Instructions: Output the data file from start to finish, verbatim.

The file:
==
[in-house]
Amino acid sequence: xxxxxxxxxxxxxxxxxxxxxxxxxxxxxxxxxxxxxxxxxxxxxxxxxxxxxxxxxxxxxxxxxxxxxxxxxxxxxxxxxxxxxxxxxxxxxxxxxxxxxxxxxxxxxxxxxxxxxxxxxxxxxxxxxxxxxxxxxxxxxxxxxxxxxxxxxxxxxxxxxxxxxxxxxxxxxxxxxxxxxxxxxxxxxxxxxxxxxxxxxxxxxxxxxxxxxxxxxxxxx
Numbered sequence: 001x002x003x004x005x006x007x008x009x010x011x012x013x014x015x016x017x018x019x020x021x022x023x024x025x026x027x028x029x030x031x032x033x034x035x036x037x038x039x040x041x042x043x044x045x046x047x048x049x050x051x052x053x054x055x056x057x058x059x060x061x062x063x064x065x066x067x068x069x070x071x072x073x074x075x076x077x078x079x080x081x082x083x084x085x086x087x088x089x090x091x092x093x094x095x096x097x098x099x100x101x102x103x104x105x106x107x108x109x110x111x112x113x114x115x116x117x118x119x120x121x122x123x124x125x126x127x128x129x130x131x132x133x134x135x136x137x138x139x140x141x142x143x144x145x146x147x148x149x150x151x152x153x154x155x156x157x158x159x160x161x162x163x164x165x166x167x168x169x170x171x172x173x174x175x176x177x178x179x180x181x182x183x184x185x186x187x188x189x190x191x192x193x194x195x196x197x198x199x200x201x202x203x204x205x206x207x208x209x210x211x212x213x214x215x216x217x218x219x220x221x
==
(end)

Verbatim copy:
[in-house]
Amino acid sequence: xxxxxxxxxxxxxxxxxxxxxxxxxxxxxxxxxxxxxxxxxxxxxxxxxxxxxxxxxxxxxxxxxxxxxxxxxxxxxxxxxxxxxxxxxxxxxxxxxxxxxxxxxxxxxxxxxxxxxxxxxxxxxxxxxxxxxxxxxxxxxxxxxxxxxxxxxxxxxxxxxxxxxxxxxxxxxxxxxxxxxxxxxxxxxxxxxxxxxxxxxxxxxxxxxxxxxxxxxxxxx
Numbered sequence: 001x002x003x004x005x006x007x008x009x010x011x012x013x014x015x016x017x018x019x020x021x022x023x024x025x026x027x028x029x030x031x032x033x034x035x036x037x038x039x040x041x042x043x044x045x046x047x048x049x050x051x052x053x054x055x056x057x058x059x060x061x062x063x064x065x066x067x068x069x070x071x072x073x074x075x076x077x078x079x080x081x082x083x084x085x086x087x088x089x090x091x092x093x094x095x096x097x098x099x100x101x102x103x104x105x106x107x108x109x110x111x112x113x114x115x116x117x118x119x120x121x122x123x124x125x126x127x128x129x130x131x132x133x134x135x136x137x138x139x140x141x142x143x144x145x146x147x148x149x150x151x152x153x154x155x156x157x158x159x160x161x162x163x164x165x166x167x168x169x170x171x172x173x174x175x176x177x178x179x180x181x182x183x184x185x186x187x188x189x190x191x192x193x194x195x196x197x198x199x200x201x202x203x204x205x206x207x208x209x210x211x212x213x214x215x216x217x218x219x220x221x